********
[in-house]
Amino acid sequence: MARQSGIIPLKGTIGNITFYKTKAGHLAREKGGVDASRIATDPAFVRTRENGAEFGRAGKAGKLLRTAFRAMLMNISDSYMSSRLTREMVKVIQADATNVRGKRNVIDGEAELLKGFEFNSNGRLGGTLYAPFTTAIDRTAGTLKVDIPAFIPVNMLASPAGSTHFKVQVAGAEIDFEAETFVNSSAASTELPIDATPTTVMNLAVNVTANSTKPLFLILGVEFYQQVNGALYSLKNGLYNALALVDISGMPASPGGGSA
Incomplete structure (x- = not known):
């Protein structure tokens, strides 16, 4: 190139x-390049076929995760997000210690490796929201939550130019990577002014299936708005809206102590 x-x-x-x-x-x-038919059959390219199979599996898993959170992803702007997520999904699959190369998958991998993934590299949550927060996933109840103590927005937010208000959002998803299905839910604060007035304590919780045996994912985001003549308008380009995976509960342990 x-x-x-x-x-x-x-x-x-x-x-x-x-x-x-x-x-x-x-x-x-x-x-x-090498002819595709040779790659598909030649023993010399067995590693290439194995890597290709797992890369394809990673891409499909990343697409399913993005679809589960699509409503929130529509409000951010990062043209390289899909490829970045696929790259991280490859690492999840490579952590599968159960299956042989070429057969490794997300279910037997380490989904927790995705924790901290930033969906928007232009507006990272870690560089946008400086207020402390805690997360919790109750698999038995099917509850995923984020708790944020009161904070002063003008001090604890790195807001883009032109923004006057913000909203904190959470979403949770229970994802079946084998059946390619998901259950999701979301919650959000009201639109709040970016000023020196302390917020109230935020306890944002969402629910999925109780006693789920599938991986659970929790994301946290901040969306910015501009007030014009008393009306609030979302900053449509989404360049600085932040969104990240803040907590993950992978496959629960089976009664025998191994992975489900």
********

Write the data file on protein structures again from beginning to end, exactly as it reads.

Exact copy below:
[in-house]
Amino acid sequence: MARQSGIIPLKGTIGNITFYKTKAGHLAREKGGVDASRIATDPAFVRTRENGAEFGRAGKAGKLLRTAFRAMLMNISDSYMSSRLTREMVKVIQADATNVRGKRNVIDGEAELLKGFEFNSNGRLGGTLYAPFTTAIDRTAGTLKVDIPAFIPVNMLASPAGSTHFKVQVAGAEIDFEAETFVNSSAASTELPIDATPTTVMNLAVNVTANSTKPLFLILGVEFYQQVNGALYSLKNGLYNALALVDISGMPASPGGGSA
Incomplete structure (x- = not known):
């Protein structure tokens, strides 16, 4: 190139x-390049076929995760997000210690490796929201939550130019990577002014299936708005809206102590 x-x-x-x-x-x-038919059959390219199979599996898993959170992803702007997520999904699959190369998958991998993934590299949550927060996933109840103590927005937010208000959002998803299905839910604060007035304590919780045996994912985001003549308008380009995976509960342990 x-x-x-x-x-x-x-x-x-x-x-x-x-x-x-x-x-x-x-x-x-x-x-x-090498002819595709040779790659598909030649023993010399067995590693290439194995890597290709797992890369394809990673891409499909990343697409399913993005679809589960699509409503929130529509409000951010990062043209390289899909490829970045696929790259991280490859690492999840490579952590599968159960299956042989070429057969490794997300279910037997380490989904927790995705924790901290930033969906928007232009507006990272870690560089946008400086207020402390805690997360919790109750698999038995099917509850995923984020708790944020009161904070002063003008001090604890790195807001883009032109923004006057913000909203904190959470979403949770229970994802079946084998059946390619998901259950999701979301919650959000009201639109709040970016000023020196302390917020109230935020306890944002969402629910999925109780006693789920599938991986659970929790994301946290901040969306910015501009007030014009008393009306609030979302900053449509989404360049600085932040969104990240803040907590993950992978496959629960089976009664025998191994992975489900």